06 Jul 2022

What's On column: Putin’s roots explored in new podcast series

New column: Kevin Dowling from Kildare takes a look at the latest films, series and documentaries

What's On column: Putin’s roots explored in new podcast series

The BBC Radio 4 documentary Putin

‘To understand Vladimir Putin’s career and what he might do next, you need to understand where he’s come from.’

So goes the opening salvo from host Jonny Dymond in the excellent BBC Radio 4 documentary Putin (also available on Spotify and iTunes). The Russian leader’s actions have thrust him to the forefront of international headlines for all the wrong reasons. So, for anyone struggling to understand Putin’s decision-making process, this show is a very good place to start. 

We learn that, from a very young age, he had an almost pathological obsession with joining the KGB, once as a schoolboy going as far as approaching local KGB officers and hounding them for advice on what he needed to do to join their ranks. From his humble beginnings in Soviet era Leningrad, Putin rises through the ranks of the KGB, being posted in Dresden when the collapse of the communist stranglehold began. One can only wonder if being away from home ‘when it all happened’ and the sense of displacement this created led to him later stating that the collapse of the USSR was ‘the greatest geo-political catastrophe of the century.’ 

As Russia hobbled along under the perpetually inebriated Yeltsin, seemingly out of nowhere came the abstemious bureaucrat Putin, his rise coming as a shock to some observers. But not to Putin. At the outset, things seemed promising. On September 12, 2001, Putin was the first world leader to ring Bush offering support and condolences. Bush famously said he ‘was able to get a sense of [Putin’s] soul’ when he and the Russian leader met at Bush’s ranch. If only we could eat our words.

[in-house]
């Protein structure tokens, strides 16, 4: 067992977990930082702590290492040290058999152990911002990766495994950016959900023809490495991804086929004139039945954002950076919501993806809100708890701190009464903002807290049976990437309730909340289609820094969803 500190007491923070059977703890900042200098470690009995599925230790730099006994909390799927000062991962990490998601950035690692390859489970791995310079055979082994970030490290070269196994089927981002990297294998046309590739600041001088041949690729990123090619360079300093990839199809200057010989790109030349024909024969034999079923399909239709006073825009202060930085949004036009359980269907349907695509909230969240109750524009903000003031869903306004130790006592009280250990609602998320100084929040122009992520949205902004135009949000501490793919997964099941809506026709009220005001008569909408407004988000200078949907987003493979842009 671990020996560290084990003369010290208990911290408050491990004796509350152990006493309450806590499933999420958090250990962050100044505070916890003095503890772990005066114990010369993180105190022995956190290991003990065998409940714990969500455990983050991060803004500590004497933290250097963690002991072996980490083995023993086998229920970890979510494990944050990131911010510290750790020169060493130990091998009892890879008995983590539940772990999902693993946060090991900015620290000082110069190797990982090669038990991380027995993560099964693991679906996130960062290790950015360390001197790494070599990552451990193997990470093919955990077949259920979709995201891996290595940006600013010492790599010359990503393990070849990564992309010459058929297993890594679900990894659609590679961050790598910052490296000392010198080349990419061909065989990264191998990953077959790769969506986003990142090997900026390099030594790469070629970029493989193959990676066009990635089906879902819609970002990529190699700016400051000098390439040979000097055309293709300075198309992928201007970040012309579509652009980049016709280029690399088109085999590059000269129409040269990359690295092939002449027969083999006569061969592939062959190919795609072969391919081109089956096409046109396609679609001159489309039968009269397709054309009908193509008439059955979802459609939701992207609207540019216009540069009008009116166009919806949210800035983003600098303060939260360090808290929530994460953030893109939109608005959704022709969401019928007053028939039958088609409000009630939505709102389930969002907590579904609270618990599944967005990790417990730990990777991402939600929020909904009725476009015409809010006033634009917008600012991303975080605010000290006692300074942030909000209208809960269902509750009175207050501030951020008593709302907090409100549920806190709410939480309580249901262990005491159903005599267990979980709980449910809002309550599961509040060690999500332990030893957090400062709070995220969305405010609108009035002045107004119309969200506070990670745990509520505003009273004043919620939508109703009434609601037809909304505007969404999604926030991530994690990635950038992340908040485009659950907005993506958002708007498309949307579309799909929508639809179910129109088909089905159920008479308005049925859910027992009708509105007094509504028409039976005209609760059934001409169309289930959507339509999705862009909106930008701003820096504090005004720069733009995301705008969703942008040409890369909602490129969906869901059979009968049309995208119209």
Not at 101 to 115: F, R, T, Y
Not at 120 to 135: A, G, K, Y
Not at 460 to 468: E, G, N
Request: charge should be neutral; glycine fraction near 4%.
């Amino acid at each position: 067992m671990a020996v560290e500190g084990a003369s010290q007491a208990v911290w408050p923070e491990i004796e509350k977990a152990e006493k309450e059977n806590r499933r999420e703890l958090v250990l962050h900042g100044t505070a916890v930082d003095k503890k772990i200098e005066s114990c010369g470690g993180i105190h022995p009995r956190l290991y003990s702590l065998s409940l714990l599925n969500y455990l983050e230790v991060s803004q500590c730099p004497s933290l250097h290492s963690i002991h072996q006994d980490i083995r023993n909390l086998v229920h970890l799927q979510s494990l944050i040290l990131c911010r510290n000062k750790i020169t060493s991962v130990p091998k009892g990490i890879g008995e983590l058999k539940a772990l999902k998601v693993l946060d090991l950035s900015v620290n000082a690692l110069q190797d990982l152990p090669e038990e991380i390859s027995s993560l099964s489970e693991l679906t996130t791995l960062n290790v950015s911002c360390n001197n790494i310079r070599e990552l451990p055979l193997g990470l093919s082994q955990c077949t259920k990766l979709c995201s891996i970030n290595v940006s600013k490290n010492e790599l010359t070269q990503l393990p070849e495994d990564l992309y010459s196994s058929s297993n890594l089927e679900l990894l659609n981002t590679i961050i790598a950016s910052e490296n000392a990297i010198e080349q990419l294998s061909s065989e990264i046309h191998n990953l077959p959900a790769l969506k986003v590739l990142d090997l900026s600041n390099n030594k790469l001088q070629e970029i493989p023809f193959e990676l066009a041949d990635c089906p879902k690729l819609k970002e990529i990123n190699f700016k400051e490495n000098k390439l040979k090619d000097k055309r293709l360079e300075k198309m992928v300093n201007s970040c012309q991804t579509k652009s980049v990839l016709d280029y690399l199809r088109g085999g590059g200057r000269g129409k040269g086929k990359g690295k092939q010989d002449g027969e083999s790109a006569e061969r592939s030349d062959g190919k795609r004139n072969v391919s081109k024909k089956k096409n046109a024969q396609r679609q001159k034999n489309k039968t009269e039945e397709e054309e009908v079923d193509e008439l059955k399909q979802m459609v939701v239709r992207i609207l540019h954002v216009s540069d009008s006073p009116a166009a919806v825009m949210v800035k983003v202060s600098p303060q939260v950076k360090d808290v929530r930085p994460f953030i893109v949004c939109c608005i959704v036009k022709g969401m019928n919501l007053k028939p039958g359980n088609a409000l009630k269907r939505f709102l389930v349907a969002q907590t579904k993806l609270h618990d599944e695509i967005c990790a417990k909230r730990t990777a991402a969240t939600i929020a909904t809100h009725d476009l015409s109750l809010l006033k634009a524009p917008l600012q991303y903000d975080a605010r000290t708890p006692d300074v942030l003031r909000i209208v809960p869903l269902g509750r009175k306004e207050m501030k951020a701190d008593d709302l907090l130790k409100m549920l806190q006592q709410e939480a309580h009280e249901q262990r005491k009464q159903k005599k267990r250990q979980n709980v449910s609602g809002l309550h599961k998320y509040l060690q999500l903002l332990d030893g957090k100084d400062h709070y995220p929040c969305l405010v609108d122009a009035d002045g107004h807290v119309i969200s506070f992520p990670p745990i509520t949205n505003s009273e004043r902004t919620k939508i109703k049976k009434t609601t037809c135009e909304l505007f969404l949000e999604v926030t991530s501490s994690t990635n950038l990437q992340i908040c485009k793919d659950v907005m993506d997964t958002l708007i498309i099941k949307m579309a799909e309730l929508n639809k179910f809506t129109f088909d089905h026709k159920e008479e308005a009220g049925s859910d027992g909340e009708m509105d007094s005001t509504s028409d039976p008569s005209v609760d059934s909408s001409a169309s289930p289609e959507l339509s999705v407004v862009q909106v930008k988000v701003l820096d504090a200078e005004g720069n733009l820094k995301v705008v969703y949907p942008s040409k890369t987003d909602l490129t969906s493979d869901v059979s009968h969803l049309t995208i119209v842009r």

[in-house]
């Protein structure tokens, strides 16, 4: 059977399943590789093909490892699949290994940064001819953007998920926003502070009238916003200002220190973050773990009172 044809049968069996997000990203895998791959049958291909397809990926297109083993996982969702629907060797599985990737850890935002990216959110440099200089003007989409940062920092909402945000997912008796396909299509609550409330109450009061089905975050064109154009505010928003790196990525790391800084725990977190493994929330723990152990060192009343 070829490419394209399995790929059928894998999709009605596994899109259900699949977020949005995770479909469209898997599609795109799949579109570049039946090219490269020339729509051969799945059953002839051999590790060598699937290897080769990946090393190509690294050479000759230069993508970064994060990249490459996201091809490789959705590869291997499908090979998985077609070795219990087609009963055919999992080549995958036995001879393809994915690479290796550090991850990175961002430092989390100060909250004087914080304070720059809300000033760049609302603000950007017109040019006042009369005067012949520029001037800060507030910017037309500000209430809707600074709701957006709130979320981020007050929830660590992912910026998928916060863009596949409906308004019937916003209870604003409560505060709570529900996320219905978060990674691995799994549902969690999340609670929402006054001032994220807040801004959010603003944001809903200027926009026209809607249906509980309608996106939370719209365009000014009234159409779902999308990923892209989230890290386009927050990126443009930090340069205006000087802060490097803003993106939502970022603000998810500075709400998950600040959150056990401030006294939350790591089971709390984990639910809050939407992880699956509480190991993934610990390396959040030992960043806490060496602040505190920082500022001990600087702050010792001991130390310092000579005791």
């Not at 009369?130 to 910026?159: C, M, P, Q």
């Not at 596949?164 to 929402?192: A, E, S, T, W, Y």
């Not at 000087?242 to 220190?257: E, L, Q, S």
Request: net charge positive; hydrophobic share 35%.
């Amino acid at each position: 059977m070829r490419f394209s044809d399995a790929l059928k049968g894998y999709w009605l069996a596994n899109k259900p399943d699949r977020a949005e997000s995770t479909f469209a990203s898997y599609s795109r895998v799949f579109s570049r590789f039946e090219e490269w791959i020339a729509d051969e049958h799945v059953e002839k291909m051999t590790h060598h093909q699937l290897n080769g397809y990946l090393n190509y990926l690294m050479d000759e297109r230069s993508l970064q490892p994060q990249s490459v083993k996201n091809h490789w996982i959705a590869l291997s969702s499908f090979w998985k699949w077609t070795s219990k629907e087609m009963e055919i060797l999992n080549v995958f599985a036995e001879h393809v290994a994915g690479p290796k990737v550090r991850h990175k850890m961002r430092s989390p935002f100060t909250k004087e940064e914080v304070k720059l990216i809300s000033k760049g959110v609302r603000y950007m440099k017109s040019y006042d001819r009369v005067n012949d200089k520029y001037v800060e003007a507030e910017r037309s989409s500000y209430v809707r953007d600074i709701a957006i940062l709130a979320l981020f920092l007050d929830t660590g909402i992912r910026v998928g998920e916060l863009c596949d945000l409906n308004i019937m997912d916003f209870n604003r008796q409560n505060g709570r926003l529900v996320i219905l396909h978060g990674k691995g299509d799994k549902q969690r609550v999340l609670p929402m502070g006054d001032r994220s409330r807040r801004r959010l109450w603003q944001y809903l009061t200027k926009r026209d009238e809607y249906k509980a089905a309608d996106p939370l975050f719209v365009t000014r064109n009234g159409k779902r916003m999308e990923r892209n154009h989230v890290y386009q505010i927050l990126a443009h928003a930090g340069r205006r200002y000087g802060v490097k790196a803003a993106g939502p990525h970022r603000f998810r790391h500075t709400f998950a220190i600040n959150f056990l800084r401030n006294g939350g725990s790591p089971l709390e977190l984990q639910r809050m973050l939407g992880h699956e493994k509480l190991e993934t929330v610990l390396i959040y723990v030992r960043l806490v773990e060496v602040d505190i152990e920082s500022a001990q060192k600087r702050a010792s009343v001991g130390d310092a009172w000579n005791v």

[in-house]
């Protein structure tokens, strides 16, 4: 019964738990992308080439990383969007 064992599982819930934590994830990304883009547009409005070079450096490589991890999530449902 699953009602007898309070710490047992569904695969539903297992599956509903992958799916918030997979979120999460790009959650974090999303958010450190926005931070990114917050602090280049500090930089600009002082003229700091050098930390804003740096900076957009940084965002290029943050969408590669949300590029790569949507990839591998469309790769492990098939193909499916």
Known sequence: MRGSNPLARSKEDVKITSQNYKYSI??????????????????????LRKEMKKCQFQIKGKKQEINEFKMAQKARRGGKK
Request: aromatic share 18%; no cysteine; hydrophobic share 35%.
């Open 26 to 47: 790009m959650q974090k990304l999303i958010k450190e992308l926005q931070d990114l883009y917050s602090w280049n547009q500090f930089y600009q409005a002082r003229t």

So, from the viewpoint of the West, where did it all go wrong? The documentary points to the tragic siege of Beslan in 2004 and the ‘colour revolutions’ of subsequent years as two huge turning points. Putin saw the former as a warning that weakness against terrorist threats was political suicide, and the latter as Western led orchestrations.

What followed can be referred to as the Grozny military doctrine: Horrifying, Slow, Merciless. The host recounts how Putin unleashed this type of scorched earth warfare in places like Chechnya and Syria and the West looked on as any number of ‘red lines’ were crossed and double crossed. 

 In 2014, as pro-Russian leader of Ukraine Yanukovych flees to Russia following popular protests, Putin annexes Crimea.

This leads to a bounce in the polls, further emboldening Putin. Halfhearted Western sanctions only increase his sense of invulnerability. The MH17 airline tragedy, the Salisbury poisonings, the signs of how far Putin was willing to go to further his own agenda were there for all to see. The show demonstrates how much Western governments were willing to tolerate from the man with the hydrocarbons, as long as the gas kept flowing.  

Coupled with all the hard facts we also get some interesting tidbits of information about Putin, like the fact that he is superstitious and also is believed by some to actually be the world’s richest man, but the host explains that this is more a factor of how much access he has to the wealth of Russian oligarchs, rather than his own personal wealth.  

This is a very accessible radio documentary, with a great line-up of Kremlin experts and guests with in-depth knowledge on Putin, and is highly recommended for anyone with an interest in the subject.

There are 10 episodes, but they do not drag at all and Dymond’s years of reporting on the US, Europe and the Middle East give him the inside track on the subject at hand.  

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